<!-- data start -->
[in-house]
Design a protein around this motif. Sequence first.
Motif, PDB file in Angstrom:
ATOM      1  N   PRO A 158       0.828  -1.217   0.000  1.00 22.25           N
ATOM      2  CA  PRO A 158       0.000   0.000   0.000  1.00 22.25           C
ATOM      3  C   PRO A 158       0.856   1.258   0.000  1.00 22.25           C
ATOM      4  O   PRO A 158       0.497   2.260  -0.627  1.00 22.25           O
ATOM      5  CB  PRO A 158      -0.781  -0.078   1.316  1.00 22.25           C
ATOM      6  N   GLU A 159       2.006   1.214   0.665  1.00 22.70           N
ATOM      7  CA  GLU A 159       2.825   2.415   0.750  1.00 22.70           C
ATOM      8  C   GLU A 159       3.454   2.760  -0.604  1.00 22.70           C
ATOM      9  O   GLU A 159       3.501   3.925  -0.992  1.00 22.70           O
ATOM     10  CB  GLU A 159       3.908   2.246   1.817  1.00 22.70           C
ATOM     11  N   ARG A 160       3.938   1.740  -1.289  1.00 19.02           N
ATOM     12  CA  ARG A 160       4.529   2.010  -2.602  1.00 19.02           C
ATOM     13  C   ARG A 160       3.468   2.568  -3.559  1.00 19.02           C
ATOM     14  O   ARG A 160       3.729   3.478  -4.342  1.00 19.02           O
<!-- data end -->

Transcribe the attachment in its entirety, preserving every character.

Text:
[in-house]
Design a protein around this motif. Sequence first.
Motif, PDB file in Angstrom:
ATOM      1  N   PRO A 158       0.828  -1.217   0.000  1.00 22.25           N
ATOM      2  CA  PRO A 158       0.000   0.000   0.000  1.00 22.25           C
ATOM      3  C   PRO A 158       0.856   1.258   0.000  1.00 22.25           C
ATOM      4  O   PRO A 158       0.497   2.260  -0.627  1.00 22.25           O
ATOM      5  CB  PRO A 158      -0.781  -0.078   1.316  1.00 22.25           C
ATOM      6  N   GLU A 159       2.006   1.214   0.665  1.00 22.70           N
ATOM      7  CA  GLU A 159       2.825   2.415   0.750  1.00 22.70           C
ATOM      8  C   GLU A 159       3.454   2.760  -0.604  1.00 22.70           C
ATOM      9  O   GLU A 159       3.501   3.925  -0.992  1.00 22.70           O
ATOM     10  CB  GLU A 159       3.908   2.246   1.817  1.00 22.70           C
ATOM     11  N   ARG A 160       3.938   1.740  -1.289  1.00 19.02           N
ATOM     12  CA  ARG A 160       4.529   2.010  -2.602  1.00 19.02           C
ATOM     13  C   ARG A 160       3.468   2.568  -3.559  1.00 19.02           C
ATOM     14  O   ARG A 160       3.729   3.478  -4.342  1.00 19.02           O